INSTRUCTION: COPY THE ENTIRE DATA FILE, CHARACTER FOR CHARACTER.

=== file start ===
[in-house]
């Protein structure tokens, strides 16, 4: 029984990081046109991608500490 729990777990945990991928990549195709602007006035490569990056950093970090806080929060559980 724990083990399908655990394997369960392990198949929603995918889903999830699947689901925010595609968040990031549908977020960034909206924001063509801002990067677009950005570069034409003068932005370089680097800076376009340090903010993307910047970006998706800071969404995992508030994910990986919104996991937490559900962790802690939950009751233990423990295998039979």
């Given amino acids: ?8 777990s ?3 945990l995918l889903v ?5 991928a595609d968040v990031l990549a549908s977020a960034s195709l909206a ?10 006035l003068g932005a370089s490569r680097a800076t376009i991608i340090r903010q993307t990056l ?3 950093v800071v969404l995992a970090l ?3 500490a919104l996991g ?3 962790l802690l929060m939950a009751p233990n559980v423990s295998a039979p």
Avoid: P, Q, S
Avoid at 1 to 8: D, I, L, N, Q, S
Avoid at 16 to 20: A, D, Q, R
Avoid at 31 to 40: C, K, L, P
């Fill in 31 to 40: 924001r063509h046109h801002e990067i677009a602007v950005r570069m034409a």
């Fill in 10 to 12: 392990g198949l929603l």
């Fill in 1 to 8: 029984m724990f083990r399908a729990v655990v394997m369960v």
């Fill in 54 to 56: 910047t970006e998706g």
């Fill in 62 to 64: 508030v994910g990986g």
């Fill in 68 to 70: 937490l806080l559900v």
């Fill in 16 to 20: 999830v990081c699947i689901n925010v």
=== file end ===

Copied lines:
[in-house]
């Protein structure tokens, strides 16, 4: 029984990081046109991608500490 729990777990945990991928990549195709602007006035490569990056950093970090806080929060559980 724990083990399908655990394997369960392990198949929603995918889903999830699947689901925010595609968040990031549908977020960034909206924001063509801002990067677009950005570069034409003068932005370089680097800076376009340090903010993307910047970006998706800071969404995992508030994910990986919104996991937490559900962790802690939950009751233990423990295998039979």
């Given amino acids: ?8 777990s ?3 945990l995918l889903v ?5 991928a595609d968040v990031l990549a549908s977020a960034s195709l909206a ?10 006035l003068g932005a370089s490569r680097a800076t376009i991608i340090r903010q993307t990056l ?3 950093v800071v969404l995992a970090l ?3 500490a919104l996991g ?3 962790l802690l929060m939950a009751p233990n559980v423990s295998a039979p």
Avoid: P, Q, S
Avoid at 1 to 8: D, I, L, N, Q, S
Avoid at 16 to 20: A, D, Q, R
Avoid at 31 to 40: C, K, L, P
């Fill in 31 to 40: 924001r063509h046109h801002e990067i677009a602007v950005r570069m034409a």
């Fill in 10 to 12: 392990g198949l929603l």
């Fill in 1 to 8: 029984m724990f083990r399908a729990v655990v394997m369960v």
């Fill in 54 to 56: 910047t970006e998706g």
């Fill in 62 to 64: 508030v994910g990986g």
């Fill in 68 to 70: 937490l806080l559900v």
């Fill in 16 to 20: 999830v990081c699947i689901n925010v």